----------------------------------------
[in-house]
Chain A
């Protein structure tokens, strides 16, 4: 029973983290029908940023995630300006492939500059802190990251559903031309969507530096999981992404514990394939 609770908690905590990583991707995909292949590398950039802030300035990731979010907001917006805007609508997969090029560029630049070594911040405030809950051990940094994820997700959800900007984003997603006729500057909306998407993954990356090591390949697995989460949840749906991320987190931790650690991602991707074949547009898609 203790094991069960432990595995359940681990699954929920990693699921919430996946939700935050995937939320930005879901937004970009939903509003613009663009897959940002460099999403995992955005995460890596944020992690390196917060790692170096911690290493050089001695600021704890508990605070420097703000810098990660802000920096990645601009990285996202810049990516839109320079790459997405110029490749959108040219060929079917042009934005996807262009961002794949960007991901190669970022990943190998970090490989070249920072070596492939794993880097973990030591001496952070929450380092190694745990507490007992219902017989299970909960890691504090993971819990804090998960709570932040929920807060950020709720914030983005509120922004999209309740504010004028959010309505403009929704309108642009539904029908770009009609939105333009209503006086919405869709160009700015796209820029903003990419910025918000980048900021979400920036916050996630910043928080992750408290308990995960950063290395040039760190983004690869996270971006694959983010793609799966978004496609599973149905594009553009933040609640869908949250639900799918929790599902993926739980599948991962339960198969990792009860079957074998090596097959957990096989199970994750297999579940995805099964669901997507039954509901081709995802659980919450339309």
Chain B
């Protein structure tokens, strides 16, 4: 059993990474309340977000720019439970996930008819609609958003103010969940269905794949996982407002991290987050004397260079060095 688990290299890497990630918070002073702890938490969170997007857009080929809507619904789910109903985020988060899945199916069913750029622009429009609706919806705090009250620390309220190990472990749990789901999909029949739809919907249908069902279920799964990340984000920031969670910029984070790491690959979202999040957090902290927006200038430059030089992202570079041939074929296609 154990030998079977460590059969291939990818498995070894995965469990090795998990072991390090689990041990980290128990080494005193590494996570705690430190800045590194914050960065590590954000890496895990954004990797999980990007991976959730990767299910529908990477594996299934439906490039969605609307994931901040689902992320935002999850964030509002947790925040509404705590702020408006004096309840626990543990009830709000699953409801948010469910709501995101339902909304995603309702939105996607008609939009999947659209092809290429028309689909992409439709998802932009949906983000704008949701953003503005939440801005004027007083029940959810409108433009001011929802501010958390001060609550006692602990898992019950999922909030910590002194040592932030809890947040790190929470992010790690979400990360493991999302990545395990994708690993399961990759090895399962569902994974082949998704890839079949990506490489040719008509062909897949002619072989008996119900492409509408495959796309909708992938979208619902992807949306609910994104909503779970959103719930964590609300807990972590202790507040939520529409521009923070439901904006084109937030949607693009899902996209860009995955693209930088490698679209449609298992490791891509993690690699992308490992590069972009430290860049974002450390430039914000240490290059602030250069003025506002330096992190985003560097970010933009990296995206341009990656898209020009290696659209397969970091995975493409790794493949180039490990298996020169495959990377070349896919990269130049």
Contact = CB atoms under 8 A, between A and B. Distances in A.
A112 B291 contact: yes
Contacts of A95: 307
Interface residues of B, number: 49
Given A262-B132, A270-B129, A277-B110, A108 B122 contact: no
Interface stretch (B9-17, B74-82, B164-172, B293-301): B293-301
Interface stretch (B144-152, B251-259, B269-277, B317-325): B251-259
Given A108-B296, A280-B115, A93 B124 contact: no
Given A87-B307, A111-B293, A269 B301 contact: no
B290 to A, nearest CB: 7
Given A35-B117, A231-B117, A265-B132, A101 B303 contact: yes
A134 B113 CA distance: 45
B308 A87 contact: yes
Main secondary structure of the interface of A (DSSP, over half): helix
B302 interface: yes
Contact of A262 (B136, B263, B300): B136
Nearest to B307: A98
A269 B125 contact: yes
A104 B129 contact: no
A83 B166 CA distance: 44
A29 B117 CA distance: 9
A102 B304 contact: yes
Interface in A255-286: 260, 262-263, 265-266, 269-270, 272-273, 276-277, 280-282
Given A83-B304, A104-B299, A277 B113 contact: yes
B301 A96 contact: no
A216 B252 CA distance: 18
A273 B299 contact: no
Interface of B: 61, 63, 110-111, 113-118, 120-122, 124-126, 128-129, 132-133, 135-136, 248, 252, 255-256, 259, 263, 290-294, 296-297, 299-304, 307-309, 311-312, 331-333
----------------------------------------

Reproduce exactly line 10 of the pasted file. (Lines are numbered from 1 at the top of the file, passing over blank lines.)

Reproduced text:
Given A262-B132, A270-B129, A277-B110, A108 B122 contact: no